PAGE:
Even if there hadn’t been local point men pushing slavery or county captains dashing it, Jefferson County could not have dodged the turmoil of Bleeding Kansas. Its location in Kansas Territory guaranteed it would grapple with the question dividing the nation.
Eastern Kansas Territory was pocked by clashes between free-staters (“no” to slavery in Kansas) and pro-slavers (expand slavery to more states, Kansas in particular). The contestants had been campaigning since late 1854, the year the Kansas-Nebraska Act
handed the slavery decision to settlers in the soon-to-be states.
Partisans on opposing sides of slavery moved in on Kansas Territory, along with settlers less interested in slavery, and went about staking claims to land they hoped to buy at low government prices. Settlers would do the voting that would decide the slavery question for Kansas.
If you want to know what fraudulent elections look like, consider Jefferson County, Kansas Territory, on March 30, 1855. The elections of that year brought brazen voting fraud across Kansas Territory, fueling dissension and violence all through the following year.
Missouri, Kansas’ eastern border neighbor, was a slave state. Along with their allies from southern states, proslavery Missourians wanted Kansas to join them in sanctioning human bondage. Jefferson County, Kansas Territory, was just 17 miles west of the Missouri River border, close enough among the Kansas Territory counties for Missourians to tote their illegal votes into Kansas elections.
Besides lying within easy reach of Missouri travelers, Jefferson County also was wedged between the titan, slavery battleground counties of Kansas Territory: Leavenworth and Atchison counties on the east and north and Douglas and Shawnee counties across the Kansas River to the south. The civil disobedience, theft, arson, intimidation and murder that would bring the name “Bleeding Kansas” to the nation in 1856 had a lot to do with those counties and the 1855 elections.
To prepare for the March 30, 1855, election in Kansas Territory, census-takers worked in January and February 1855 to obtain the number of legal residents eligible to vote in March. (That and other information about the election comes from an 1856 congressional investigation by the Howard Committee.) Jefferson County’s main voting district was District 13, and voters would choose men to serve in the territory’s legislature. That was important because the legislators would write laws for the territory and start the work for a constitution that would include slavery or prohibit it.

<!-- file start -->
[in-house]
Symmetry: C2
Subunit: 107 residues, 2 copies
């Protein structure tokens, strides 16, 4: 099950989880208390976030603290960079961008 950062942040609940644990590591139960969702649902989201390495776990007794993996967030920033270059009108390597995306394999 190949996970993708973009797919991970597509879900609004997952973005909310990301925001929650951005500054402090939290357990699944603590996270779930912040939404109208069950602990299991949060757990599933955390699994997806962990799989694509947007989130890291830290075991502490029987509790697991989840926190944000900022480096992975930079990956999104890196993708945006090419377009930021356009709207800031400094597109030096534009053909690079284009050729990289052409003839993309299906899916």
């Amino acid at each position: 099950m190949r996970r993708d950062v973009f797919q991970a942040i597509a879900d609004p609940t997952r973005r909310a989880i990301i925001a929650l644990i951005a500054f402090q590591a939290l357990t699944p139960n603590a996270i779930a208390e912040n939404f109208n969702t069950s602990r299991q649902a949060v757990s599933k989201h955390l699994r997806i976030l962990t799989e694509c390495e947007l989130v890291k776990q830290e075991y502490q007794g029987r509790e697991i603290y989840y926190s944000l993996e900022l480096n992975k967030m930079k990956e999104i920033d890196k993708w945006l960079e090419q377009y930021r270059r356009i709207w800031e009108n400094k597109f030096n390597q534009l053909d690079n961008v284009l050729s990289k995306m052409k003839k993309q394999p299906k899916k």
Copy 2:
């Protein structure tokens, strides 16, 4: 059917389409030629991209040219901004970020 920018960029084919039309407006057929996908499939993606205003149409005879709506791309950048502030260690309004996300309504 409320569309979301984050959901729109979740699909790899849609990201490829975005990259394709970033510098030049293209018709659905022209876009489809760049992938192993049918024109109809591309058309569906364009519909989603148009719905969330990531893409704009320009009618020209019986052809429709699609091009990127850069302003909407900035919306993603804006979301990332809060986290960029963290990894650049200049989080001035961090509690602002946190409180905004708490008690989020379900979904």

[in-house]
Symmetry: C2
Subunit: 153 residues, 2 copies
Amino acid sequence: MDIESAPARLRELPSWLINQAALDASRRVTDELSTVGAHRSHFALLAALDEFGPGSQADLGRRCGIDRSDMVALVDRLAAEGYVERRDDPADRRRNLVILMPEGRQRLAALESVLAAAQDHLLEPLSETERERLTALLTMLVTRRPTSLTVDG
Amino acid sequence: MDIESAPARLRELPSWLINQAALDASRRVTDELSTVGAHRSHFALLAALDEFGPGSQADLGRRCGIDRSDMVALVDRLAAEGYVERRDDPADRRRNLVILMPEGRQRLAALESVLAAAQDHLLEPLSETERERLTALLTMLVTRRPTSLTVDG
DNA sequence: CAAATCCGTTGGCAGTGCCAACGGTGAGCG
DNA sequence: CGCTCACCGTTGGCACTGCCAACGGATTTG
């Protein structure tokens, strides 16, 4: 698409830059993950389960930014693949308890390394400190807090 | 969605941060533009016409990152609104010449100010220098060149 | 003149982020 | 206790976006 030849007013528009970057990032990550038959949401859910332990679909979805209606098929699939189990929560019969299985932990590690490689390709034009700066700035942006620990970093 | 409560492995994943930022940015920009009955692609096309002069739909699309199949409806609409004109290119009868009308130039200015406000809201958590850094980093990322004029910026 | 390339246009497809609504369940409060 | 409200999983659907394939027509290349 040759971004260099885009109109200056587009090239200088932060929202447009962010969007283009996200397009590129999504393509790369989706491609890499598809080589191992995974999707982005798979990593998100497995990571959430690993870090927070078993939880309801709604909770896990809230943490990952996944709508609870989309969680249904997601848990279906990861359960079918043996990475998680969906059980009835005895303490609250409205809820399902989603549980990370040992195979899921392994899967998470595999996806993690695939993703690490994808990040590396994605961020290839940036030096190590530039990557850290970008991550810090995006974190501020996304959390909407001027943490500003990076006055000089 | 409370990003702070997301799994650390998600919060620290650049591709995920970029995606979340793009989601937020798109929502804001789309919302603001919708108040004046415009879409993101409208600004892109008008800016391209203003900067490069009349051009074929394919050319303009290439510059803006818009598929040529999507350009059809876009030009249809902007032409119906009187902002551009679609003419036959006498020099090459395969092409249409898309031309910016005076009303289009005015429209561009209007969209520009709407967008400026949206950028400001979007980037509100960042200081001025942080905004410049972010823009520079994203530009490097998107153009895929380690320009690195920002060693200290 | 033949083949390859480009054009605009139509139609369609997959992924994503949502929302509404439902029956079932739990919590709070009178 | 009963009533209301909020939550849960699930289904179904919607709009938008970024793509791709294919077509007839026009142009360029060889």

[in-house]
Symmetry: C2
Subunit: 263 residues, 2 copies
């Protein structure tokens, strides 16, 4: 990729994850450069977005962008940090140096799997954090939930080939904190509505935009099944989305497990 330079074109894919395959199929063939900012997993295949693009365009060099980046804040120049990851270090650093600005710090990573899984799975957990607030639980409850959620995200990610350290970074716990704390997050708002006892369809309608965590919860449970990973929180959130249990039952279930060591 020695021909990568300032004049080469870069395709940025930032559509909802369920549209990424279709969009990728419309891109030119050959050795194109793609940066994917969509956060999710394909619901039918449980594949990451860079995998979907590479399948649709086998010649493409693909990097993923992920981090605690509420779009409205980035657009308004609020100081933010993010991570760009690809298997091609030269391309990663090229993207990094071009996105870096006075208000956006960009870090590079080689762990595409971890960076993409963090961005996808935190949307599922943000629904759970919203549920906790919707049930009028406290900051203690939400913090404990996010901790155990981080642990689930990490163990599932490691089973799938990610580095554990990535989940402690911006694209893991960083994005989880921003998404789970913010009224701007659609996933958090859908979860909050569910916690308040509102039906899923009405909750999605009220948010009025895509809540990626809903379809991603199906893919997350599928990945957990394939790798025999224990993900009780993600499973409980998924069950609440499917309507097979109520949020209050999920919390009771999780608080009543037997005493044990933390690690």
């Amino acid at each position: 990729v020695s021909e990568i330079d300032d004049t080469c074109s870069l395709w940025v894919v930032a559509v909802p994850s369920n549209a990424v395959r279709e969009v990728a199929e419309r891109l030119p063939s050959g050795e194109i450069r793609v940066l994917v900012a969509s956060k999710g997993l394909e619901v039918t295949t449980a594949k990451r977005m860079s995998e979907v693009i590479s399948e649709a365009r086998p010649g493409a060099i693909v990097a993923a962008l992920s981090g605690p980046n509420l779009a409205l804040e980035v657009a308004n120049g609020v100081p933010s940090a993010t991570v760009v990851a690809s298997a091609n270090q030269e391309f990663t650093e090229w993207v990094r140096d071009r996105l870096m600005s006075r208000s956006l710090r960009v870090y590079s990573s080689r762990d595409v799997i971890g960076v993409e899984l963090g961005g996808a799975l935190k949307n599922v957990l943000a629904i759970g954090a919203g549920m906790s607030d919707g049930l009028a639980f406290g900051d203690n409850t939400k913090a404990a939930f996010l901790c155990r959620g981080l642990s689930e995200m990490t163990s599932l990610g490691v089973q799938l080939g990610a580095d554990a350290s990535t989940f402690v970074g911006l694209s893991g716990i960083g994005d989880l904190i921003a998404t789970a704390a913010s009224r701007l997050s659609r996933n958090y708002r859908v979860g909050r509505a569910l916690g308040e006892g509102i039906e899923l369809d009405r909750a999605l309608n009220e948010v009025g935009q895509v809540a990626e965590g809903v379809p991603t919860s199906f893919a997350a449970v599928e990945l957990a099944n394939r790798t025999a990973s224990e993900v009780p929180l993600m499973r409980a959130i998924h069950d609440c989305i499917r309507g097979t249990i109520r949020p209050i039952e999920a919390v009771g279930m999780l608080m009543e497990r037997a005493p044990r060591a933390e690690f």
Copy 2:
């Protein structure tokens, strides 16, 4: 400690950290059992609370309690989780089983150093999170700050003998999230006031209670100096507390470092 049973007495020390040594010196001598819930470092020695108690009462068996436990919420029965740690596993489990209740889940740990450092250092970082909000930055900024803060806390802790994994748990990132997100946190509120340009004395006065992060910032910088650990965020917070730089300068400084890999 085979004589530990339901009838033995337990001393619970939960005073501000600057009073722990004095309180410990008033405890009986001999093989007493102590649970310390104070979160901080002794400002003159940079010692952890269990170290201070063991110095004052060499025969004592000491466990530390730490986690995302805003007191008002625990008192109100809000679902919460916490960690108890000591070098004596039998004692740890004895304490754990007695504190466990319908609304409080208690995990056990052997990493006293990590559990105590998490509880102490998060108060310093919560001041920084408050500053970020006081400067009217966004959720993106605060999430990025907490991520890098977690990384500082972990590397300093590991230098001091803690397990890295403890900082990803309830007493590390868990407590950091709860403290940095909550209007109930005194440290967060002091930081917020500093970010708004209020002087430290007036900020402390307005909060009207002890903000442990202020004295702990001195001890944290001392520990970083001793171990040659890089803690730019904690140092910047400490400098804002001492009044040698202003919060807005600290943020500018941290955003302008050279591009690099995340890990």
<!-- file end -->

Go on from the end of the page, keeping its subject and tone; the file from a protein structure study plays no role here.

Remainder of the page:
The census identified 96 qualified voters in Jefferson County’s District 13. Twelve of them voted on March 30 at the designated polling place, Hickory Point. But the total number of votes cast that day was 239. It sounds like the kind of riddle a math teacher would drop on high school students on a sleepy Friday afternoon.
Number of qualified voters in Jefferson Co., KT, March 30, 1855, election: ..…. 96
Number of qualified voters who voted that day: ……………..………………….……. 12
Number of men who voted that day: ………………………….……………………… 239
J.B. Ross, H. C. Cora or Cory and James Atkinson had been appointed by Gov. Andrew H. Reeder to judge the District 13 election. They were to open the voting on March 30, and ensure that men were qualified to vote, tally the votes, turn them in. The 13th District Hickory Point polling place was the home of Samuel J. Hard, Hart or Hardt for whom Hartville or Hardtville was named (It was about the same spot as Hickory Point.). His name, as well as the town’s name, was spelled differently across many documents, and he usually was referred to as “Charles” or Charley Hart.
And who was qualified to vote? A qualified voter was a white male U.S. citizen, 21 or older, who on election day was an “inhabitant” of Kansas Territory and “an actual resident” who intended to make this residency permanent, to the exclusion of any other home. The voter had to vote in the specific district in which he resided.
Election Judge Ross testified at Leavenworth a year later for the Howard congressional committee. He launched his testimony with the startling statement that he did not act as judge at the March 30 election. Instead, after opening the voting at the cabin window that day, he quickly resigned after rejecting at least one vote.
“I gave up the polls because I was told I had to receive such votes as were offered, or give up the polls, or have the house torn down,” Ross said. “I was told this repeatedly by the crowd generally around the window. The majority of the crowd were strangers to me.”
Ross, who knew the district and the people who lived in it, said he saw only 30 to 40 district residents at the election that day. And he saw another 250 to 300 non-residents, many of them from Platte City, Missouri.
“Some of these men were armed with guns, some with knives and revolvers in their belts. It was repeated frequently about tearing the house down, and they appeared to be very positive about it.”
Ross took the poll book and left his post, filing a protest with the governor a few days later. As soon as Ross had stepped out of the polling house, another set of judges “chosen by the people” (elected on the spot) stepped in. They were Richard Chandler, Napoleon Bonaparte Hopewell and William M. Gardner, and they took the votes offered and, apparently, left Mr. Hardt’s house standing.
Dr. James Noble was at the election, too, he told the investigating committee the following year. Noble had a log cabin on the east side of (now) Oskaloosa where he and others were developing the unsuccessful proslavery town of Jacksonville. Noble came to Kansas Territory in 1854, he said, having lived in Missouri for about 40 years before that. The last two years of his Missouri residency were lived in Platte County, just across the Missouri River.